There's just something about a Roy Krenkel drawing that grabs my imagination and just won't let go. There are so many Krenkel drawings out there, waiting to be discovered, that it's like a treasure hunt to gather them together.
Carl Larsson was a Swedish painter, an important watercolorist working at the turn of the twentieth century.
Carl Larsson — Model Writing a Picture Postcard — 1906
This is what Larsson wrote in the 1911 magazine Kunst:
". . . it would be enough reward if only men, through my art, understood how beautiful a flower on the side of a path is; how charming are the plaits around a young girl's small round neck, and the touch of the sun on a little nose; how splendid the nude figure of a woman is . . . but one must produce these images in the best possible way, with joy and enthusiasm, with hard work and pain, and the final result must be a victory, not giving the impression of confusion or fatigue, but illuminating the onlooker in a liberating way . . . Following this way of life, painters executed study after study, without being pleased or satisfied with their work, striving to reach that perfection which always seemed further away with each work that they were painting."
Carl Larsson — Girl Crouching — 1911
This drawing is a bit surprising, for the times, with a naturalistic style and the seemingly spontaneous smile—rather like a modern photo you might see on Tumblr or such.
It's fun to look back to days of future past, to see what yesterday thought the today of their tomorrow would look like.
These couple of pages are from the yesterday of 1946, created by Jack Kirby and Joe Simon, showing, among other things, that everyone will own a set of portable jets to 'soar leisurely aloft at medium speeds'. I haven't been issued my set yet, so that probably won't be until the day after tomorrow, or maybe the tomorrow of the next month of the future. Though, this first page does hint at the achievement of Fed-Ex, getting fruits from farms to the desert within hours of being plucked.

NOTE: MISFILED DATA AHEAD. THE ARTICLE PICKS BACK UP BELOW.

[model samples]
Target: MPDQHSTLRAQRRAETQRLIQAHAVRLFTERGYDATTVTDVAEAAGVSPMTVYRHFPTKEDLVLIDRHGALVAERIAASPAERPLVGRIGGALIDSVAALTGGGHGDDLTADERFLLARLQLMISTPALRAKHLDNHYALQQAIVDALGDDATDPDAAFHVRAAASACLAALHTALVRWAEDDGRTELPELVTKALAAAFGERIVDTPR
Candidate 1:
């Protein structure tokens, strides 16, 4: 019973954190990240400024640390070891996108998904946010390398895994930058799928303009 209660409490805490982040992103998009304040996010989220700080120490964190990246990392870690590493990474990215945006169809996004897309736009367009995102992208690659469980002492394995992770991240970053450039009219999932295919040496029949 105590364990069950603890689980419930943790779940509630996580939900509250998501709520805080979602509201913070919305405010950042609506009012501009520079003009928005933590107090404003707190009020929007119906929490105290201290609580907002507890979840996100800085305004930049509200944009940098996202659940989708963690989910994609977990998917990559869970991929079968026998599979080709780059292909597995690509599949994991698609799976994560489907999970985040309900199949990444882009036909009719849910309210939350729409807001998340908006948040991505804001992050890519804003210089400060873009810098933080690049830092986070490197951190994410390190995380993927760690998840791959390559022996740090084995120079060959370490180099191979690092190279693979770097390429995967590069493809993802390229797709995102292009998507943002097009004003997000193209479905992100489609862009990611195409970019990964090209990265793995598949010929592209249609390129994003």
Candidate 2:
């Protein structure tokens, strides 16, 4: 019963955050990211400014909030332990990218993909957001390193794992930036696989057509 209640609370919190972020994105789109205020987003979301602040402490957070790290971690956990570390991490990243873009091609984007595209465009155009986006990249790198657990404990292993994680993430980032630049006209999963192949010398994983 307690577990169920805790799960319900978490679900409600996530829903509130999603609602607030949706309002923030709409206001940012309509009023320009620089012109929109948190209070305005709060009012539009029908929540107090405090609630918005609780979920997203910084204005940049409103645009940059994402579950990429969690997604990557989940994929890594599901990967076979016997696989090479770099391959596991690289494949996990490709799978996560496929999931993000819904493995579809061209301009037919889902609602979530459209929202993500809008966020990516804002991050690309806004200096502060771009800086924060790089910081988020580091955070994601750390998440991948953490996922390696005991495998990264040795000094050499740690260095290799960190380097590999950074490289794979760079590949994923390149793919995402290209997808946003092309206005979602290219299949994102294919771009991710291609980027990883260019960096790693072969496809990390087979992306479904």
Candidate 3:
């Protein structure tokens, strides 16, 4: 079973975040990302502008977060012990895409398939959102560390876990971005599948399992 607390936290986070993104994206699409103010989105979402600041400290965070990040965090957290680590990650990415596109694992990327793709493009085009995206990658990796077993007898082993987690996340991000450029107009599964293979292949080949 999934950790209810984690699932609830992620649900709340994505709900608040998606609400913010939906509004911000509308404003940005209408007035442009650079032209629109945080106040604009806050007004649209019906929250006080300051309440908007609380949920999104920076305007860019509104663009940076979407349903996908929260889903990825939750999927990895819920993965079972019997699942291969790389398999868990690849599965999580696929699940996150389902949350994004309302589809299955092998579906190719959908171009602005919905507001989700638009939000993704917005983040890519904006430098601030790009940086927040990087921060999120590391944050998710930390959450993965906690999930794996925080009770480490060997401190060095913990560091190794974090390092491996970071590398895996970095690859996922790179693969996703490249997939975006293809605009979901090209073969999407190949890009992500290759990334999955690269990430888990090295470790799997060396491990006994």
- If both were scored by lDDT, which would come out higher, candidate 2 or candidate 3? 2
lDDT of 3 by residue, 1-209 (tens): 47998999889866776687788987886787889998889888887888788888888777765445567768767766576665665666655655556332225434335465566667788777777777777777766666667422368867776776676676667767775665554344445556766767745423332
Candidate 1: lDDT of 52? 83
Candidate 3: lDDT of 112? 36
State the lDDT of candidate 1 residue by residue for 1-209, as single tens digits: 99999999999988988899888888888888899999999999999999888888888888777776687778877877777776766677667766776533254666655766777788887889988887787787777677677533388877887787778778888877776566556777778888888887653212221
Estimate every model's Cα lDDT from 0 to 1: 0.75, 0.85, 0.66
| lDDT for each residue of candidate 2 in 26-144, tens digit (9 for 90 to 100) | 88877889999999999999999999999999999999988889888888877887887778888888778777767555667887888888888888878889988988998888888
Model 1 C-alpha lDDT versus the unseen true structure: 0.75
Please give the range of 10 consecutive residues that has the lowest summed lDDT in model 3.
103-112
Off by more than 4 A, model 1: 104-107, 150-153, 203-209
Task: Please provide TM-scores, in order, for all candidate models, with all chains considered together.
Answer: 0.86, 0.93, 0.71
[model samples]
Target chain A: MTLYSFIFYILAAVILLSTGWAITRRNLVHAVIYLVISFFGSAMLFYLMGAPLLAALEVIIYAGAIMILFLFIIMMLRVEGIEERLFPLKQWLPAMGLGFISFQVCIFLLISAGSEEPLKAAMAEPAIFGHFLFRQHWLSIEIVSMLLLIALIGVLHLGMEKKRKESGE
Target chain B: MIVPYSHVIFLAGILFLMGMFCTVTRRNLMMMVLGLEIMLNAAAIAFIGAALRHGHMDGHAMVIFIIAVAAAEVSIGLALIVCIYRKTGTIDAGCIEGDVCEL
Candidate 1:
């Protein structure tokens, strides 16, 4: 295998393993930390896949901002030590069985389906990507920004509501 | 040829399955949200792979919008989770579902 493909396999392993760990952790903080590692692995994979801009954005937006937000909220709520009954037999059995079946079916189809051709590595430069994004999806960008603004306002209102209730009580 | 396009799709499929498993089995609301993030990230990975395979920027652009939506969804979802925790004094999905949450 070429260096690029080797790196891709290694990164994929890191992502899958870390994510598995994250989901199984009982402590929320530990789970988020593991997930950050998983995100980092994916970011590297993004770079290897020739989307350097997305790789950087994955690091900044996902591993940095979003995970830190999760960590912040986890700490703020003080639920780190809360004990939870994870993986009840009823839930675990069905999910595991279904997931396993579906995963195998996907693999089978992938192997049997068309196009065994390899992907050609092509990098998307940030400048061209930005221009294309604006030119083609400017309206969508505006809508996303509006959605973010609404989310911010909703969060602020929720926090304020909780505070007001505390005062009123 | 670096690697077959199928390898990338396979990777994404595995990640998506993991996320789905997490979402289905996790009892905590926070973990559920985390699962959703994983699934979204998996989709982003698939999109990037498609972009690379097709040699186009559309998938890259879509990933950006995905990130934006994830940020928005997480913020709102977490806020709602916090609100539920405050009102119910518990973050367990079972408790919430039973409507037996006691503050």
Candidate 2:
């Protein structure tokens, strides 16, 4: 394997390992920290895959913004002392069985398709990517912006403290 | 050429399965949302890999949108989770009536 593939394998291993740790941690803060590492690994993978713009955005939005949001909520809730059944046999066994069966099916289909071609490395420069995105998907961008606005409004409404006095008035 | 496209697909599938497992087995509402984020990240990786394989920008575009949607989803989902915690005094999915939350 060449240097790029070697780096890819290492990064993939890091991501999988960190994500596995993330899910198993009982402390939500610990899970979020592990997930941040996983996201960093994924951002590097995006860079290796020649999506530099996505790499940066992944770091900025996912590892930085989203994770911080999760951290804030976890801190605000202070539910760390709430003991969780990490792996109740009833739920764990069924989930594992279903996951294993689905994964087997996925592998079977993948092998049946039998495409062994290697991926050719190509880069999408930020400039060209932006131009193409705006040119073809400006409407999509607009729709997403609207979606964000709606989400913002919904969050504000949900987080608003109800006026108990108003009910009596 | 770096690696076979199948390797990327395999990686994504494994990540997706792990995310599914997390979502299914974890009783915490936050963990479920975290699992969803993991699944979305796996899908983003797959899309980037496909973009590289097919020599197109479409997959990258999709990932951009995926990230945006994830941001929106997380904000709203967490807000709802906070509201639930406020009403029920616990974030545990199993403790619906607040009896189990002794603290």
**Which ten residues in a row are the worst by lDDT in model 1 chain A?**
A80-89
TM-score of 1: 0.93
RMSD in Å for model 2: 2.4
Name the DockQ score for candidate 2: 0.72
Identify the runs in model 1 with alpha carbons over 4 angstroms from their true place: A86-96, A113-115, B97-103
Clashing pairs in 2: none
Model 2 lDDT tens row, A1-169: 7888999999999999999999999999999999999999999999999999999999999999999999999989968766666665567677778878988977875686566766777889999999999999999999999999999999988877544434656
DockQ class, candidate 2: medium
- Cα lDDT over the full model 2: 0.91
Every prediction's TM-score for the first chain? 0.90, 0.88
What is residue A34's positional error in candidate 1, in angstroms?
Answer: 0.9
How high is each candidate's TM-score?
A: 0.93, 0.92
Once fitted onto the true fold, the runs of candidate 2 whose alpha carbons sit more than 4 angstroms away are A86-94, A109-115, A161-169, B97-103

Mark Trail was created in 1946 by Ed Dodd, as an adventure strip, but by the time I was collecting it, it had become an encyclopedia of nature factoids. Not very exciting, but the graphics were colorful and compelling. I've saved a lot of them, even to this day.
In the early 20th century era of amazing magazine illustrations, this Vogue cover stands out. It's typical art nouveau subject matter of the time, but the treatment is sensitive and gorgeous. It's signed by St. John, and I can't help but figure that this is J. Allen St. John, by any means not typical of him, and likewise his signature.
This was the point in time when J(ames) Allen St. John was turning out mainstream assignments for magazines and advertisers, though four years prior to this cover he had illustrated the book The Face in the Pool, and it would be two years after this cover that Edgar Rice Burroughs would write his first story Dejah Thoris, Princess of Mars. I could settle this in my mind if I had access to the St. John bibliography, but I don't. Probably one of you St. John enthusiasts do (Mr. DoorTree?).
Later note: We've heard from Mr. DoorTree, and yes indeed, this cover was created by our esteemed ERBdom chronicler, J. Allen St. John. So sweet, so sweet.
This blog jumps around just as much as my pictorial interests do. Sometimes I get dizzy leaping and twirling between all the arts.
I get a kick out of early Disney cartoon short posters, and I like the Donald Duck posters a fair amount more than I like the cartoons themselves (just as I like the Warner Bros cartoons a whole bunch better than their posters).
I believe that originally this illustration by Florence Harrison was from Elfin Song, published in 1912, but here was printed in L'Illustration, the amazing French periodical published from 1843 to 1944.
In 1932, Alec Shanks designed this program cover for the Folies Bergère, one of Paris' most legendary cabarets, in a very Erté like style, elegant and larger than life—which of course is what the Follies were.
The fine art of fantasy illustration is alive and well in a large number of artists sharing our current realm. Among the masters is Alan Lee, known to most for his Tolkien related wonder works. But here, this beautiful plate from the 1988 Merlin Dreams by Peter Dickinson.
Hoy! I ein't dun yet. Here'n'z sum more foyne drawrings by thet foyne master Lindsay. His'n soobjects iz near'n'dear to me heart. So sit oop strate! And pae attinshun! Or zo elp me, oi wunt be eld re-spon-siple fer me akshuns!
I am posting these images with a non-profit and educational 'fair use' motive, regarding respective copyrights. Anyone downloading and using these images for any commercial use would be in violation of respective copyrights, and does not have my approval for such use.
My name is Thom Buchanan.
I'm an artist and photographer.
People are my favorite subjects to portray in art and photos. My wife (and studio partner) has called that my 'people skills', as I've been passionately creating portrait studies for many years.
I refer to myself as a pictorialist, a combination of image-making and journalist. Images are my life.